Kudda. Why Coaching Matters.

Categorized | Coaching 101

Follow-up to McCormick Article on Skill Development

Follow-up to McCormick Article on Skill Development

     In yesterday’s post Brian McCormick asks why are kids not learning basic skills in basketball. He points out that teams will run lots of plays and defenses but that the players don’t see HOW to play. He comments that kids also have zero athletic skills and can’t do basics like pushups and skipping.

    Brian touches on several types of skills, technical skills associated with playing basketball; tactical skills of understanding HOW to play, and athletic skills like fitness, agility and speed. In previous posts I have lamented that youth coaches spend too much time teaching kids PLAYS instead of teaching them HOW to play. Is it better that the player follow exact step by step instructions to run a play or better to see opportunity for backdoor cuts and easier shots? Should a player dribble to a spot and pass, then set opposite screen and replace, per the set play, or is it better that the dribbler sees the defender off balance and drive towards the basket? Should we be teaching players to develop their vision or should we focus on them being able to follow the playbook? Will running plays make them a better basketball player? Yet, watch any youth league game and you will see Coach “K-wannabe” dads calling out one of their 6-8 set plays or one of their special defenses. I once watched a 9-10 youth practice where half of practice was in learning a set play off of the tip-off. Incredible! These dads need some education about how to coach youth players. It’s not about running plays!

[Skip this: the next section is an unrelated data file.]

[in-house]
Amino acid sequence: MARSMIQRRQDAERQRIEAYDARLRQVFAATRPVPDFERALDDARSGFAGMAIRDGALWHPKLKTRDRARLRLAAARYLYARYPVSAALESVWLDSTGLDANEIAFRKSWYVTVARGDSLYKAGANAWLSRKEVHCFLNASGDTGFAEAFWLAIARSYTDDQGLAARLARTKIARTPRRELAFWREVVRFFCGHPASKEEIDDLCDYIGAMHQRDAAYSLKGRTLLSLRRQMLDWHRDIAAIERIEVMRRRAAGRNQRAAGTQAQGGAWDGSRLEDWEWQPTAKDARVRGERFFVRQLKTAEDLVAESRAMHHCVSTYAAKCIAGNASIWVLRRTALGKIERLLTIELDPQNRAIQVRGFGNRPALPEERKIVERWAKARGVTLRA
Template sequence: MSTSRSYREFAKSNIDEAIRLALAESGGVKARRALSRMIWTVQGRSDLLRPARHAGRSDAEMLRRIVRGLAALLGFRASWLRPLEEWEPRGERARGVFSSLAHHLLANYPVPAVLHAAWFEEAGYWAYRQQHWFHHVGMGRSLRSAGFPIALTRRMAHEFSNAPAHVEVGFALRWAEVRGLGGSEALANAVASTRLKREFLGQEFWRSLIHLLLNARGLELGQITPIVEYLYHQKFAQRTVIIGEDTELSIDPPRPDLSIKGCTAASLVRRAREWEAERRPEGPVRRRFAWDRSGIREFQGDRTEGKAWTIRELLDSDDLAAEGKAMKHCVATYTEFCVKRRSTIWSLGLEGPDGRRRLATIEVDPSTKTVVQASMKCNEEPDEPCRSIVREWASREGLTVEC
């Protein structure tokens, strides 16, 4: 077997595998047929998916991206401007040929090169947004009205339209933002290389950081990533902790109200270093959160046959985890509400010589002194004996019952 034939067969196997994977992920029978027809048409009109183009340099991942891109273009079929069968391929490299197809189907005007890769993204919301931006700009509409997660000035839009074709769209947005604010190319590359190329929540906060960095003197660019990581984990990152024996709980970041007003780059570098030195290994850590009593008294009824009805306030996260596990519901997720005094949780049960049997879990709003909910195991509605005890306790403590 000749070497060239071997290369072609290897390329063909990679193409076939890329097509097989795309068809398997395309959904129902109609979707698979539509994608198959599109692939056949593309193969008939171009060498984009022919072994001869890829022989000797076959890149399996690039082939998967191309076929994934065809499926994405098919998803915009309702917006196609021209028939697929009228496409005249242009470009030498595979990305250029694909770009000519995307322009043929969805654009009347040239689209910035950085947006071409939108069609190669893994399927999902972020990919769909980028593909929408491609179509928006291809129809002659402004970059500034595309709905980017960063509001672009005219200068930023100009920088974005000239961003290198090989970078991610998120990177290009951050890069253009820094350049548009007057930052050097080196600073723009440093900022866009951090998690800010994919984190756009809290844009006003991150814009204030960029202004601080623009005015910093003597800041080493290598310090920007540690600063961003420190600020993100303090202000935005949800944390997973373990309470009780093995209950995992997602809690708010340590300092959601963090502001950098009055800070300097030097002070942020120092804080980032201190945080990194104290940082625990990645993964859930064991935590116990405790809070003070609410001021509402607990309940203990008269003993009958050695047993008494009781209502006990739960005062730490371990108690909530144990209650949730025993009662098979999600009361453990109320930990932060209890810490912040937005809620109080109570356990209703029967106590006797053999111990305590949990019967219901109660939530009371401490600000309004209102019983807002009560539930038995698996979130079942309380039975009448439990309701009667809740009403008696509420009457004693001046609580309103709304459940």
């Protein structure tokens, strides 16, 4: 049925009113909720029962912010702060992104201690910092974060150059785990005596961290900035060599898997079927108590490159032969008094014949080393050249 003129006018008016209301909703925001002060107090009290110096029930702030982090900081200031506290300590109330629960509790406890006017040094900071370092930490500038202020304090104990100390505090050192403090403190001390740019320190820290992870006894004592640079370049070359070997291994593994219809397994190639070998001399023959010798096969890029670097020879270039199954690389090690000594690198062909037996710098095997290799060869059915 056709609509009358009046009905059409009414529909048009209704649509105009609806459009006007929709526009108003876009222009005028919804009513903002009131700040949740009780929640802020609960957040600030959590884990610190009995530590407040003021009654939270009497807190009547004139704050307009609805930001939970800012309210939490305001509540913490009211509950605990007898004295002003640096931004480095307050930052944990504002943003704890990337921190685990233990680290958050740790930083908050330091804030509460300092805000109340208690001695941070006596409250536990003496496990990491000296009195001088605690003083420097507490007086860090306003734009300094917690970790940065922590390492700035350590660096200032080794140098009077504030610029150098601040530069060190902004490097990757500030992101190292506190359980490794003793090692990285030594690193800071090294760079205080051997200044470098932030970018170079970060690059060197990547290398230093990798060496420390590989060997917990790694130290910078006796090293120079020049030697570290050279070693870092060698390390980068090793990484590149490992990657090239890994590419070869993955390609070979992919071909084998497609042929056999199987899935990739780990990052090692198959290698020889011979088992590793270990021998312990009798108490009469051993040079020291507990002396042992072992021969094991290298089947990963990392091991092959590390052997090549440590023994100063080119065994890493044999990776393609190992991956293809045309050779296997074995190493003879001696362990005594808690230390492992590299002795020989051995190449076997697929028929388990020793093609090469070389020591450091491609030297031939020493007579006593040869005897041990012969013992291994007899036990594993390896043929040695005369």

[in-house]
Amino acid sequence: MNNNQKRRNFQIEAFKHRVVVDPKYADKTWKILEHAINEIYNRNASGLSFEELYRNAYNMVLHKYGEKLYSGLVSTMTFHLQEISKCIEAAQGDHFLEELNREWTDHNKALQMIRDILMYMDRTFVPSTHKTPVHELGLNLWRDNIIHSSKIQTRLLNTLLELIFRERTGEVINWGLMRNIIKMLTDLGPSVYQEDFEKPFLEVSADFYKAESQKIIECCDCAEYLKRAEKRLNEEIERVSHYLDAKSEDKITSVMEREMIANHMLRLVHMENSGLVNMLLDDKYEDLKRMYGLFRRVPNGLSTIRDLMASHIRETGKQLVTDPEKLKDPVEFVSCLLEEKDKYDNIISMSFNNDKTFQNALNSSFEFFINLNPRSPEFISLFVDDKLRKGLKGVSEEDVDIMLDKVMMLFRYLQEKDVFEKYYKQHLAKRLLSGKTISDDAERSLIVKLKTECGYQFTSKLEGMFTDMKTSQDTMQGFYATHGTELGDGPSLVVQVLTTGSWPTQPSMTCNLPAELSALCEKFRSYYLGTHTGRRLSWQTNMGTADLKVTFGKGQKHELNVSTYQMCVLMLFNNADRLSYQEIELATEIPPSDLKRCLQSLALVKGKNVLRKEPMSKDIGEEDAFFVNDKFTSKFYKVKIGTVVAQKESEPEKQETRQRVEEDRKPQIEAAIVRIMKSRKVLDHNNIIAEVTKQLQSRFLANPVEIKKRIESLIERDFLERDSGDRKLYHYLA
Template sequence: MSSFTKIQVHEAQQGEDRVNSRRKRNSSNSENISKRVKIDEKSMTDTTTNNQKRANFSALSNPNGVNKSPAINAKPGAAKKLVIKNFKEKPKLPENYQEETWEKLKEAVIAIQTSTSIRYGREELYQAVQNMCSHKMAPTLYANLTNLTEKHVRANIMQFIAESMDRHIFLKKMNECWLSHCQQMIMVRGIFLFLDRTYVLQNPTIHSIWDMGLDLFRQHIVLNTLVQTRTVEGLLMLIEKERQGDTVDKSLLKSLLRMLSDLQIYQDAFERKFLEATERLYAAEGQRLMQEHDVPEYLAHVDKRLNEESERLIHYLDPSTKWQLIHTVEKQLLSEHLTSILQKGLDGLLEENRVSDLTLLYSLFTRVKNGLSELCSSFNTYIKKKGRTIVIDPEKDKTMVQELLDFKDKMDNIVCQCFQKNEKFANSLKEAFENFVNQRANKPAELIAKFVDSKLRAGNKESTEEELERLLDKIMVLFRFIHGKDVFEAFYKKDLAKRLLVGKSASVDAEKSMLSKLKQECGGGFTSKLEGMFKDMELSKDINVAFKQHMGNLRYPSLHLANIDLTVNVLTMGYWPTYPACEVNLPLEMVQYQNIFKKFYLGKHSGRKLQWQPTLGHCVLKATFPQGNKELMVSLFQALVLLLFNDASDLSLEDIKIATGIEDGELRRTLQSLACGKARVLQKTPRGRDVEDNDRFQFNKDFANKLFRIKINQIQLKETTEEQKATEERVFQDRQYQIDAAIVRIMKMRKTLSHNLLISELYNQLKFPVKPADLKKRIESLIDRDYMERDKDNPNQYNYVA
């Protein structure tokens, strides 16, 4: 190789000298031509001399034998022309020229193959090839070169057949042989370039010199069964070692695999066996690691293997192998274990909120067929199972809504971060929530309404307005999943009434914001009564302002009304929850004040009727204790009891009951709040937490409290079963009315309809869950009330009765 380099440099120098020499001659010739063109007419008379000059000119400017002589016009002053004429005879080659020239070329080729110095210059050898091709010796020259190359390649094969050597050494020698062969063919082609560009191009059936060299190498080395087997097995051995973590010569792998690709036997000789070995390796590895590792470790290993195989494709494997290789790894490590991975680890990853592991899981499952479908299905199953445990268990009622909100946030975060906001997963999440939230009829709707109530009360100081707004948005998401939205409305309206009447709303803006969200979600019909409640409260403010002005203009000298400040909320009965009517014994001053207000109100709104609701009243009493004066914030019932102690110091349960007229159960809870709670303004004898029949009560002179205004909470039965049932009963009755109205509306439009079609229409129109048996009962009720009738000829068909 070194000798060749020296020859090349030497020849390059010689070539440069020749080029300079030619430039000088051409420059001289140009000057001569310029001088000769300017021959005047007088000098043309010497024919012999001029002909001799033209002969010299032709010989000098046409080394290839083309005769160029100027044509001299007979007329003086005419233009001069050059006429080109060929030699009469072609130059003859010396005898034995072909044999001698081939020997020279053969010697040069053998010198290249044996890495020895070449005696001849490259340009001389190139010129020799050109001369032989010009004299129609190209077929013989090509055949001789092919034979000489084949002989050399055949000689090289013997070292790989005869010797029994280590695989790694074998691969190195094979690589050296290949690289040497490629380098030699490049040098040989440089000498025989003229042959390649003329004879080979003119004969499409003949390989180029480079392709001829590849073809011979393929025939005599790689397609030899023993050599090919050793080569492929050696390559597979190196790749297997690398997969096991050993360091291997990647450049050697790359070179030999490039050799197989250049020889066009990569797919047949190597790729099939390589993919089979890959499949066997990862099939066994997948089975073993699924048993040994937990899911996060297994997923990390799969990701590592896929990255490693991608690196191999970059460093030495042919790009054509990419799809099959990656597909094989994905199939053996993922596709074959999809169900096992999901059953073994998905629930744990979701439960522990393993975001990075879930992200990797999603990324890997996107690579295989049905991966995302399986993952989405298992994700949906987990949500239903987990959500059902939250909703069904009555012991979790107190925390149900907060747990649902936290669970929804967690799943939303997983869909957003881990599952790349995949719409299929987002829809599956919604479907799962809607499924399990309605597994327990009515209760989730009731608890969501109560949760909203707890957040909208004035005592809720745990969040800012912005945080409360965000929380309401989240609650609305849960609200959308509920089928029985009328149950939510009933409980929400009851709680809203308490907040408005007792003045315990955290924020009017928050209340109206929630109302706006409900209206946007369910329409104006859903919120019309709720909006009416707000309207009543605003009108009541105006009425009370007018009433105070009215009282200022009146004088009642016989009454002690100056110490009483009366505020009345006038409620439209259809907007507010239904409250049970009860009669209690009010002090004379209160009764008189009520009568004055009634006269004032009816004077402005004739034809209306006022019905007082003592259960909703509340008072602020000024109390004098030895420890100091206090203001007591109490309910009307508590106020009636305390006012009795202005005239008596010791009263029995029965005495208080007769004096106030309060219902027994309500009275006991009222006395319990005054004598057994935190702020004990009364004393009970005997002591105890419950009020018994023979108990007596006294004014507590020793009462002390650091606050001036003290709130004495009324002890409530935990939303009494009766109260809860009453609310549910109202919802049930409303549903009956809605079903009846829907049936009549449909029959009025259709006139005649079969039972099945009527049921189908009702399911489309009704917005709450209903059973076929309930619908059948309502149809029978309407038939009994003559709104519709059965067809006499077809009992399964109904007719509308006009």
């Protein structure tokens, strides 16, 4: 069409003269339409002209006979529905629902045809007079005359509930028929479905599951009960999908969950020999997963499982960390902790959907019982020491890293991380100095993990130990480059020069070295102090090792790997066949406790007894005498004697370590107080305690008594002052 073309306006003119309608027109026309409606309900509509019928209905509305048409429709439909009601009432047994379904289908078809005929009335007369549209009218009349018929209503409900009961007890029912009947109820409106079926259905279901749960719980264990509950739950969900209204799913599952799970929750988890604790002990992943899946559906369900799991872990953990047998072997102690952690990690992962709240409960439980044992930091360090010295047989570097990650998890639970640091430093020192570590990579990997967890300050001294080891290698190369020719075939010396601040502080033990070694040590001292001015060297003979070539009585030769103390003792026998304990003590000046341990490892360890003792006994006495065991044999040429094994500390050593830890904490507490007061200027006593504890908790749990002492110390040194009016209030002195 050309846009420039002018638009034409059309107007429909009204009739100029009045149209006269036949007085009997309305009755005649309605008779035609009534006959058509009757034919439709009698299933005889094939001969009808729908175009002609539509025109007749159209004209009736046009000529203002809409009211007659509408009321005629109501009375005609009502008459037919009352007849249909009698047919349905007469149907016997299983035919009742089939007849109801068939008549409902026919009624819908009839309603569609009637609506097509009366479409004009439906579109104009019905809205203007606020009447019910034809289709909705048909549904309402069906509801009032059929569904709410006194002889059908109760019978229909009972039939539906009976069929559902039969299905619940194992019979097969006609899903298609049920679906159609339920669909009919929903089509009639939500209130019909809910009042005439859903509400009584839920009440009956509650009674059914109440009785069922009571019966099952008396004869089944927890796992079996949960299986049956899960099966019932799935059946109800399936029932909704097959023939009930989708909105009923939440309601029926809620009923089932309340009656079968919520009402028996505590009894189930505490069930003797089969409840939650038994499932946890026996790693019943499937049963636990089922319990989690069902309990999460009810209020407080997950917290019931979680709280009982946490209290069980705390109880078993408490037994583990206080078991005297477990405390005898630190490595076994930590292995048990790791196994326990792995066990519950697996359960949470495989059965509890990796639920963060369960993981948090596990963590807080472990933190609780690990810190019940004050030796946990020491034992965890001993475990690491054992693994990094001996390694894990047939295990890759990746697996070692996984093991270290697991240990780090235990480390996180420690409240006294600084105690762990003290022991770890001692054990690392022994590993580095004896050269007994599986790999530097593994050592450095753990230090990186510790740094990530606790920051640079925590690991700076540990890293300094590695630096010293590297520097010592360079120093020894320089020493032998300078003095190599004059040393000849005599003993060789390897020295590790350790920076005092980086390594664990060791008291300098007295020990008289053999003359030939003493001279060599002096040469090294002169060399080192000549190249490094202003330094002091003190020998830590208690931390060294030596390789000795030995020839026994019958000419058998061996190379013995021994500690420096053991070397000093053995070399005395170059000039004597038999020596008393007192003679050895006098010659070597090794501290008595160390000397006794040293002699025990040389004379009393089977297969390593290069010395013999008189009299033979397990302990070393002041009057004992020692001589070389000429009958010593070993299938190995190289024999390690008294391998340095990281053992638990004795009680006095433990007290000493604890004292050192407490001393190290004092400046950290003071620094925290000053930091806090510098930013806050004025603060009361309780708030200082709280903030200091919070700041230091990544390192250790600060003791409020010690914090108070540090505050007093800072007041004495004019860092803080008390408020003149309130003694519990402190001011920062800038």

Brian also comments on a topic near and dear to me and that is the reasoning behind youth basketball playing 5v5. Is there really any learning when 9-10 year olds are playing full court 5v5? Typically, you’ll see players heads down running to their spot in the 2-3 zone, turn and put their hands up. They know exactly where their zone area is and heaven help them if they step out of their box. Why aren’t they playing man to man and learning those principles? Offensively, they run down to their spot and stand and call for the ball. Usually the strongest player dribbles down and takes most of the shots while the other teammates watch. If one of these players ever does get a pass, they immediately dribble once and then look like a deer in headlights because they don’t know what to do. “We don’t have a play for that, so I didn’t know what to do.” In previous posts I have supported the adoption of youth basketball for U-12 and younger playing 3v3. More touches, more decision making and more learning on how to play. You can’t hide in 3v3. All of the principles of how to play can be taught in this format. Yet the common complaint of a proposal to change to 3v3 is, “it’s not real basketball.” And 5v5 for 7-8 year olds is real? In order for the change to 3v3, more education for the coaches needs to take place. They will be required to actually be able to teach kids how to play, not simply teach them a bunch of plays.

Facebook Twitter You Tube